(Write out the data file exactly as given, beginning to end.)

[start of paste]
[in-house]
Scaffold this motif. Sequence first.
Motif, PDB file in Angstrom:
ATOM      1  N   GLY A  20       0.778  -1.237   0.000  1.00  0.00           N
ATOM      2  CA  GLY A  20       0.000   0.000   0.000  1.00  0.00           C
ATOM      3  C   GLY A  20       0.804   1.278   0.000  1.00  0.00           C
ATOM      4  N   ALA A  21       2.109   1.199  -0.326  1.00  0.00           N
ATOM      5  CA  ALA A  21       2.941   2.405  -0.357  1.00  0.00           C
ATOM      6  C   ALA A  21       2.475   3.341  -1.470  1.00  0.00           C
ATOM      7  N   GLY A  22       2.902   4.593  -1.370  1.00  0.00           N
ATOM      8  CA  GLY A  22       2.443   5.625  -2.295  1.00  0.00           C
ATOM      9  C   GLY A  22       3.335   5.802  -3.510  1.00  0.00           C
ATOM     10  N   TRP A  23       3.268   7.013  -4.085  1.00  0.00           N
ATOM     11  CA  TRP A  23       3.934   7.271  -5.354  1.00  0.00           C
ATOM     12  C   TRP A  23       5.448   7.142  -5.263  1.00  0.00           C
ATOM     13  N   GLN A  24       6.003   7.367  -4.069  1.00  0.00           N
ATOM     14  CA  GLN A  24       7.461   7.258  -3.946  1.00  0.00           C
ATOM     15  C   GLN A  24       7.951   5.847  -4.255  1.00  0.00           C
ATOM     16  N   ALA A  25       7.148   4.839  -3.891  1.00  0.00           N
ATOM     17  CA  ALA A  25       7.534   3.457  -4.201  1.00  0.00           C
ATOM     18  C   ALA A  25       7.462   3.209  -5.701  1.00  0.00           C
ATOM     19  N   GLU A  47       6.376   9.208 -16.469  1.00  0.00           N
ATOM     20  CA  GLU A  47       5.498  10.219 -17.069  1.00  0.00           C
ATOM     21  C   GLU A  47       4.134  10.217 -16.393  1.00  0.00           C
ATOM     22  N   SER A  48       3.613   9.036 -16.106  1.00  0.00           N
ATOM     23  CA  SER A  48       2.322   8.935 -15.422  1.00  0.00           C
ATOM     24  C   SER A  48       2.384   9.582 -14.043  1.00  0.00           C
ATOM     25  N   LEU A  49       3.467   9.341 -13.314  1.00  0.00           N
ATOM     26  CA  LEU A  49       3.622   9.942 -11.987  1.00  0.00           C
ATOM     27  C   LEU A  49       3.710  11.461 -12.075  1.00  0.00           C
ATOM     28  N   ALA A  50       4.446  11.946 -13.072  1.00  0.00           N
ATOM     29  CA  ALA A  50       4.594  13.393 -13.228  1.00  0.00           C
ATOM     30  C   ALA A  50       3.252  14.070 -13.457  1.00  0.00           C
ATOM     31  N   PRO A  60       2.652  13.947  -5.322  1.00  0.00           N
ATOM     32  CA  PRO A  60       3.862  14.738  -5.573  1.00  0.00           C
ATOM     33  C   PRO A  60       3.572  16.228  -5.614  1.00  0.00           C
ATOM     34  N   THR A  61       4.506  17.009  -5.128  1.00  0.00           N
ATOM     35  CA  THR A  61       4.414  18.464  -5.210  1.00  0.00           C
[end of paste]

[in-house]
Scaffold this motif. Sequence first.
Motif, PDB file in Angstrom:
ATOM      1  N   GLY A  20       0.778  -1.237   0.000  1.00  0.00           N
ATOM      2  CA  GLY A  20       0.000   0.000   0.000  1.00  0.00           C
ATOM      3  C   GLY A  20       0.804   1.278   0.000  1.00  0.00           C
ATOM      4  N   ALA A  21       2.109   1.199  -0.326  1.00  0.00           N
ATOM      5  CA  ALA A  21       2.941   2.405  -0.357  1.00  0.00           C
ATOM      6  C   ALA A  21       2.475   3.341  -1.470  1.00  0.00           C
ATOM      7  N   GLY A  22       2.902   4.593  -1.370  1.00  0.00           N
ATOM      8  CA  GLY A  22       2.443   5.625  -2.295  1.00  0.00           C
ATOM      9  C   GLY A  22       3.335   5.802  -3.510  1.00  0.00           C
ATOM     10  N   TRP A  23       3.268   7.013  -4.085  1.00  0.00           N
ATOM     11  CA  TRP A  23       3.934   7.271  -5.354  1.00  0.00           C
ATOM     12  C   TRP A  23       5.448   7.142  -5.263  1.00  0.00           C
ATOM     13  N   GLN A  24       6.003   7.367  -4.069  1.00  0.00           N
ATOM     14  CA  GLN A  24       7.461   7.258  -3.946  1.00  0.00           C
ATOM     15  C   GLN A  24       7.951   5.847  -4.255  1.00  0.00           C
ATOM     16  N   ALA A  25       7.148   4.839  -3.891  1.00  0.00           N
ATOM     17  CA  ALA A  25       7.534   3.457  -4.201  1.00  0.00           C
ATOM     18  C   ALA A  25       7.462   3.209  -5.701  1.00  0.00           C
ATOM     19  N   GLU A  47       6.376   9.208 -16.469  1.00  0.00           N
ATOM     20  CA  GLU A  47       5.498  10.219 -17.069  1.00  0.00           C
ATOM     21  C   GLU A  47       4.134  10.217 -16.393  1.00  0.00           C
ATOM     22  N   SER A  48       3.613   9.036 -16.106  1.00  0.00           N
ATOM     23  CA  SER A  48       2.322   8.935 -15.422  1.00  0.00           C
ATOM     24  C   SER A  48       2.384   9.582 -14.043  1.00  0.00           C
ATOM     25  N   LEU A  49       3.467   9.341 -13.314  1.00  0.00           N
ATOM     26  CA  LEU A  49       3.622   9.942 -11.987  1.00  0.00           C
ATOM     27  C   LEU A  49       3.710  11.461 -12.075  1.00  0.00           C
ATOM     28  N   ALA A  50       4.446  11.946 -13.072  1.00  0.00           N
ATOM     29  CA  ALA A  50       4.594  13.393 -13.228  1.00  0.00           C
ATOM     30  C   ALA A  50       3.252  14.070 -13.457  1.00  0.00           C
ATOM     31  N   PRO A  60       2.652  13.947  -5.322  1.00  0.00           N
ATOM     32  CA  PRO A  60       3.862  14.738  -5.573  1.00  0.00           C
ATOM     33  C   PRO A  60       3.572  16.228  -5.614  1.00  0.00           C
ATOM     34  N   THR A  61       4.506  17.009  -5.128  1.00  0.00           N
ATOM     35  CA  THR A  61       4.414  18.464  -5.210  1.00  0.00           C